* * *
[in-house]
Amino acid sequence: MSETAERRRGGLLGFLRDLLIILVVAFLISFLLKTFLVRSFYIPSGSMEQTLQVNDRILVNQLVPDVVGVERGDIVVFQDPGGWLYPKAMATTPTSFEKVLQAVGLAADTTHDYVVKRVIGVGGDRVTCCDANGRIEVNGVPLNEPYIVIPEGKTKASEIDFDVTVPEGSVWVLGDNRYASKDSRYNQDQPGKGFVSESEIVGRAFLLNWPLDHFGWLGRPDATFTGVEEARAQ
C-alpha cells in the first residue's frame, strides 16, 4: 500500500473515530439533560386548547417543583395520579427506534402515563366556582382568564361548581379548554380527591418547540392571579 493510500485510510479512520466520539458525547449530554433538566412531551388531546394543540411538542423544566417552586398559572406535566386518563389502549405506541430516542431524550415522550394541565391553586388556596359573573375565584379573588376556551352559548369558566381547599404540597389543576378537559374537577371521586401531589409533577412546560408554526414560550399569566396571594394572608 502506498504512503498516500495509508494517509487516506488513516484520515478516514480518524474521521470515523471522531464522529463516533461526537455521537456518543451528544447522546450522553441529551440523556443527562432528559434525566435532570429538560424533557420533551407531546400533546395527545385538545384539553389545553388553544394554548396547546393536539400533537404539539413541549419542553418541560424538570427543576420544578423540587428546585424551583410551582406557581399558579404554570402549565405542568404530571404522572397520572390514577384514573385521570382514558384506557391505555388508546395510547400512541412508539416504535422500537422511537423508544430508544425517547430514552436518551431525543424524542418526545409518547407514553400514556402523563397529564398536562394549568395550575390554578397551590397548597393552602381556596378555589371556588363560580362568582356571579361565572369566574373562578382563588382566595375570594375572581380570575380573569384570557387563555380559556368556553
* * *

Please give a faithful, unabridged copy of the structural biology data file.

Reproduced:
[in-house]
Amino acid sequence: MSETAERRRGGLLGFLRDLLIILVVAFLISFLLKTFLVRSFYIPSGSMEQTLQVNDRILVNQLVPDVVGVERGDIVVFQDPGGWLYPKAMATTPTSFEKVLQAVGLAADTTHDYVVKRVIGVGGDRVTCCDANGRIEVNGVPLNEPYIVIPEGKTKASEIDFDVTVPEGSVWVLGDNRYASKDSRYNQDQPGKGFVSESEIVGRAFLLNWPLDHFGWLGRPDATFTGVEEARAQ
C-alpha cells in the first residue's frame, strides 16, 4: 500500500473515530439533560386548547417543583395520579427506534402515563366556582382568564361548581379548554380527591418547540392571579 493510500485510510479512520466520539458525547449530554433538566412531551388531546394543540411538542423544566417552586398559572406535566386518563389502549405506541430516542431524550415522550394541565391553586388556596359573573375565584379573588376556551352559548369558566381547599404540597389543576378537559374537577371521586401531589409533577412546560408554526414560550399569566396571594394572608 502506498504512503498516500495509508494517509487516506488513516484520515478516514480518524474521521470515523471522531464522529463516533461526537455521537456518543451528544447522546450522553441529551440523556443527562432528559434525566435532570429538560424533557420533551407531546400533546395527545385538545384539553389545553388553544394554548396547546393536539400533537404539539413541549419542553418541560424538570427543576420544578423540587428546585424551583410551582406557581399558579404554570402549565405542568404530571404522572397520572390514577384514573385521570382514558384506557391505555388508546395510547400512541412508539416504535422500537422511537423508544430508544425517547430514552436518551431525543424524542418526545409518547407514553400514556402523563397529564398536562394549568395550575390554578397551590397548597393552602381556596378555589371556588363560580362568582356571579361565572369566574373562578382563588382566595375570594375572581380570575380573569384570557387563555380559556368556553